#4. Sanitize your Seat
There's just no way of knowing how many passengers used your seat before you or how well it was cleaned between flights (if it was cleaned at all, that is).
Pack some antibacterial wipes in your carry on and wipe down your entire seating area before you get comfy to reduce the risk of getting off the plane with more than you bargained for.
Frequently touched areas like armrests, tray tables, seat pockets, and entertainment screens are bacterial hotspots, so you might want to give them a bit of extra attention.
#5. Drink Plenty of Water
Drier-than-average cabin air sets the stage for dehydration. While cracked lips, tight skin, and stuffy sinuses are nothing to sniff at, dehydration can also cause more serious symptoms, like slowed blood circulation and reduced immunity.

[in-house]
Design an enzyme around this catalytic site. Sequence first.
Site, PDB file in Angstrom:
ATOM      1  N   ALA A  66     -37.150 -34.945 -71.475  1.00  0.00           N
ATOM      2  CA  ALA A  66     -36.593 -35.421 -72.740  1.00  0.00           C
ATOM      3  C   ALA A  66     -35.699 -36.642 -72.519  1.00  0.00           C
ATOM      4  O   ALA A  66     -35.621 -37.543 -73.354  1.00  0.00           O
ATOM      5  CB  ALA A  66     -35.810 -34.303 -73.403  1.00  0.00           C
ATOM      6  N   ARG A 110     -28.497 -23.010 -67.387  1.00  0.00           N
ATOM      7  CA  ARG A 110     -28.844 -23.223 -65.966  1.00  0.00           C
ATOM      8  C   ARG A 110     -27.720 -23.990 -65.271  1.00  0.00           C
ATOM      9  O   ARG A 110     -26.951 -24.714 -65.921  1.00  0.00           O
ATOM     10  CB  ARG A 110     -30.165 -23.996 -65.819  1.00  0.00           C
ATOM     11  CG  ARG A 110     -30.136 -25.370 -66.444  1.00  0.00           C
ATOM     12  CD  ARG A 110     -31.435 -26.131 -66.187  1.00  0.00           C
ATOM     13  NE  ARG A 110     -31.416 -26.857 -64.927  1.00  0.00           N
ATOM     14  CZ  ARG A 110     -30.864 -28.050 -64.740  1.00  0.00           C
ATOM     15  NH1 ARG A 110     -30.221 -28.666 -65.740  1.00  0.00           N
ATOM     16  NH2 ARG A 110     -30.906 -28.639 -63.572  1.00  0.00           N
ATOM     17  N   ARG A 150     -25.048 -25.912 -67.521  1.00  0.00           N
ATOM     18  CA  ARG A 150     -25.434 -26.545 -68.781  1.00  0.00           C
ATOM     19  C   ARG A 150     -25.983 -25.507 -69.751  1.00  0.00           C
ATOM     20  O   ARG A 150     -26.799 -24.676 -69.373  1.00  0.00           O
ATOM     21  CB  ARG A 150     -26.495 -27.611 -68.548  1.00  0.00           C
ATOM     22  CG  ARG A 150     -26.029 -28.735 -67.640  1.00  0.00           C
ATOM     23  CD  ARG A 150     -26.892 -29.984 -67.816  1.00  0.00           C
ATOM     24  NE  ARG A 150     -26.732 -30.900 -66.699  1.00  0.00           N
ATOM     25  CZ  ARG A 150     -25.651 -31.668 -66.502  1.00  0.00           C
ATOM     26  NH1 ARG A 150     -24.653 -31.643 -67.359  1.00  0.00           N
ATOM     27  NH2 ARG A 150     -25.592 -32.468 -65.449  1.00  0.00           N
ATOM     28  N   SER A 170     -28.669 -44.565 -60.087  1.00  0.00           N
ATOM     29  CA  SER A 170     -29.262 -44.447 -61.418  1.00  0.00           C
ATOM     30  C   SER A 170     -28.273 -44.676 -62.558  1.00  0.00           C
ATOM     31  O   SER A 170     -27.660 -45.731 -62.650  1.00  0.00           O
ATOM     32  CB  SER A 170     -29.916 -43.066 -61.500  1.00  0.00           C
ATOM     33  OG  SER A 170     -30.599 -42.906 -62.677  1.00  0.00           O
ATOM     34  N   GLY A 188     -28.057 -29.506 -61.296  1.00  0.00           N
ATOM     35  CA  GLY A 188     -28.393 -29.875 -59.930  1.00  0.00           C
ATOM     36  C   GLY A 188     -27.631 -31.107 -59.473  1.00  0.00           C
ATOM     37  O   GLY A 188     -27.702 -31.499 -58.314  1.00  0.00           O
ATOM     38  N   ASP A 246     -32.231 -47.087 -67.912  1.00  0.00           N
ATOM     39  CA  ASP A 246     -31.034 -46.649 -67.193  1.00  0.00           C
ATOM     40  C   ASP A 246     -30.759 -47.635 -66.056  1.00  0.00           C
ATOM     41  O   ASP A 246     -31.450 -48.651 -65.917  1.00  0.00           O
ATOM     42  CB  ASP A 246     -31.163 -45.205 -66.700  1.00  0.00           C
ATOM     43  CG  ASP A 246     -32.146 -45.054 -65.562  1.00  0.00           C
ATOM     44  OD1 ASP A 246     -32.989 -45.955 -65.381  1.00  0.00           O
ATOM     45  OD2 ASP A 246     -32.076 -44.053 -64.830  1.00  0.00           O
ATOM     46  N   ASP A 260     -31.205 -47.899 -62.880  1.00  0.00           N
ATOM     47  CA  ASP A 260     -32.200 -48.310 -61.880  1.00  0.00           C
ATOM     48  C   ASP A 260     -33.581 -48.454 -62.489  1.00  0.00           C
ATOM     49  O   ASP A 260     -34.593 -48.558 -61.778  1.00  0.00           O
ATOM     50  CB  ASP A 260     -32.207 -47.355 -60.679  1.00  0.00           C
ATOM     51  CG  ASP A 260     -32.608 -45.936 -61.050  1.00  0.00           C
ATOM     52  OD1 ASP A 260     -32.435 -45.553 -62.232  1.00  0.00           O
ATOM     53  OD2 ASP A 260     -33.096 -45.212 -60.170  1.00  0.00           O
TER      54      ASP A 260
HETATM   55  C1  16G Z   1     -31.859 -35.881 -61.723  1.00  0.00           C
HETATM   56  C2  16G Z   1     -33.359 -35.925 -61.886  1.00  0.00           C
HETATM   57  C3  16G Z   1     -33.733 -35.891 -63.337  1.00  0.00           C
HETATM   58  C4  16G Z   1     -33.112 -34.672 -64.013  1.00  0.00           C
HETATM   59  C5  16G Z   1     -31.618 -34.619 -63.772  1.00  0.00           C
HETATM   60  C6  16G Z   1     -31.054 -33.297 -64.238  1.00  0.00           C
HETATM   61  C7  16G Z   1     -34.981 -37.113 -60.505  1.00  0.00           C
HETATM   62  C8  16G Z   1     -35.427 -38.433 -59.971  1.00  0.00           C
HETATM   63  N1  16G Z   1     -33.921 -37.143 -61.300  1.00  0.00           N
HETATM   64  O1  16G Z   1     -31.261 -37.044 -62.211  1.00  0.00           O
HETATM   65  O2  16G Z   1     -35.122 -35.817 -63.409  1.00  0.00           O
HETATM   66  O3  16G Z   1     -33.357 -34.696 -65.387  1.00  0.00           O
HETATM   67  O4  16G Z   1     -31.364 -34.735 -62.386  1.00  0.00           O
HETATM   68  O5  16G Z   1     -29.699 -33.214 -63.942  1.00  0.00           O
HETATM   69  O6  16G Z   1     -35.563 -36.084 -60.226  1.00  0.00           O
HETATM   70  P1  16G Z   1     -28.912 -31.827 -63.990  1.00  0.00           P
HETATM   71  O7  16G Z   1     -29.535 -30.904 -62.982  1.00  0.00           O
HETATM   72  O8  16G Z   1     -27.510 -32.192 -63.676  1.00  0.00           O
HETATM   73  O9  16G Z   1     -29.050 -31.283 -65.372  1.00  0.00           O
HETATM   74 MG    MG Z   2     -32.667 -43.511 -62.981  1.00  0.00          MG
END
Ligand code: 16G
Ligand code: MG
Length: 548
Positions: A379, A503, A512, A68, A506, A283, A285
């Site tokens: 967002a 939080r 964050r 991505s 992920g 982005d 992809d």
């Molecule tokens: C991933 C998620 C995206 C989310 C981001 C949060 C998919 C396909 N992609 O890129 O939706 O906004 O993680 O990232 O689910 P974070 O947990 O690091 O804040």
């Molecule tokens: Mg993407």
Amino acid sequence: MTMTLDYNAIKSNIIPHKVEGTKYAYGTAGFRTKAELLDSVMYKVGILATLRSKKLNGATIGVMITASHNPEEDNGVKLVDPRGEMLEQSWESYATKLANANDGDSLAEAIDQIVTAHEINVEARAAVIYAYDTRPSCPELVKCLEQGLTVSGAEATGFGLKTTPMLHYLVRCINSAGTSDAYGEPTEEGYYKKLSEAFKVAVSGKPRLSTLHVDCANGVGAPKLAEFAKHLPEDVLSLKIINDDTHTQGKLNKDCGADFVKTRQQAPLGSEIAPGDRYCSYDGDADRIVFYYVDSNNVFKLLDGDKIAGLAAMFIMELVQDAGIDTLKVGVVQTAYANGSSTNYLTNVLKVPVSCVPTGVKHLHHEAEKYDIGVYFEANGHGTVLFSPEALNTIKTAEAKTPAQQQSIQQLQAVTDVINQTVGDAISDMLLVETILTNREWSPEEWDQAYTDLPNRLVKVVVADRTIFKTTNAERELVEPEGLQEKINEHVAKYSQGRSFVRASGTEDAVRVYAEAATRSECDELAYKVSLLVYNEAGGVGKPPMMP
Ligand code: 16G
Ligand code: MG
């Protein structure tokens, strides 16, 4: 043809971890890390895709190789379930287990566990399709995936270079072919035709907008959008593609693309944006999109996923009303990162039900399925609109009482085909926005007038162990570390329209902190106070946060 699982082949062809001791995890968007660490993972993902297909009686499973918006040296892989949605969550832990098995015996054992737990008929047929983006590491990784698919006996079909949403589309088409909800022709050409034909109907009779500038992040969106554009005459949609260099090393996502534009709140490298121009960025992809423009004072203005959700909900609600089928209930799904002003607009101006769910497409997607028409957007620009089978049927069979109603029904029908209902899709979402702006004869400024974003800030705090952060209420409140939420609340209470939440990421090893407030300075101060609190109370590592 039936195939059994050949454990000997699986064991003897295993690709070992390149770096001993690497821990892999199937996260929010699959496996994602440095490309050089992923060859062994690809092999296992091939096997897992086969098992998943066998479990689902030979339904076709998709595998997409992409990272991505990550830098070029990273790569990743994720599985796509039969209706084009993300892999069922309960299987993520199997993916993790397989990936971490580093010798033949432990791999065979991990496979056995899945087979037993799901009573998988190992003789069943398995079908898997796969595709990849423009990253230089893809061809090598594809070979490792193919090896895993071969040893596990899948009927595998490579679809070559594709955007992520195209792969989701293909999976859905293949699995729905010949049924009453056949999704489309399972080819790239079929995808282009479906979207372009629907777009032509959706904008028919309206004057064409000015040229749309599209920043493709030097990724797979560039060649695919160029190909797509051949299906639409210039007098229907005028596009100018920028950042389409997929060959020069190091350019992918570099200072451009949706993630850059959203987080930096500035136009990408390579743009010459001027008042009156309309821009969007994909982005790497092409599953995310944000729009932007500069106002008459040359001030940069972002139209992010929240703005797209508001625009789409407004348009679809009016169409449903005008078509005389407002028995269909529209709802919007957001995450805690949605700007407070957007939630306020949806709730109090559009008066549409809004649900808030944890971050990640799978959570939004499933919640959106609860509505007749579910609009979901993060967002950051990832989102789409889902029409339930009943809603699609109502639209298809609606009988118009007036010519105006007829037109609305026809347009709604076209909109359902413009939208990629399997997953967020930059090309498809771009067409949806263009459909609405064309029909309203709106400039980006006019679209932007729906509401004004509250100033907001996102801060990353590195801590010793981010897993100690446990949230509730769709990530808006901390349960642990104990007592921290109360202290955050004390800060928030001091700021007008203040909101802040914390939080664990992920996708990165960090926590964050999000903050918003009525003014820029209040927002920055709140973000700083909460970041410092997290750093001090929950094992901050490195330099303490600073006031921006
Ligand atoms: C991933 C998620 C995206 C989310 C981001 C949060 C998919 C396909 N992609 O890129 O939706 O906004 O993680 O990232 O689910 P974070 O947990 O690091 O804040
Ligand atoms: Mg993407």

Sipping on water throughout your flight will help tremendously, but be sure to bring your Travel Water Bottle—commercial aircraft water tanks can be downright nasty.
#6. Snack Smart
Packing a handful of healthy snacks is a great way to prevent hunger pangs and nourish your body while it's in the air.
Fruits like apples and bananas are easy to pack and will also assist with hydration, thanks to their natural water content. For a satiating protein fix, turn to meat sticks, jerky, and protein bars.
#7. Boost your Circulation
Sitting for extended periods of time can result in blood pooling in the feet and legs, potentially causing swelling and discomfort.
If your flight is longer than four hours, you could even run the risk of developing blood clots and DVT (deep vein thrombosis). Keep your blood pumping by getting up and taking a stroll down the aisle every so often, doing some seated leg exercises, or pulling on a pair of compression socks.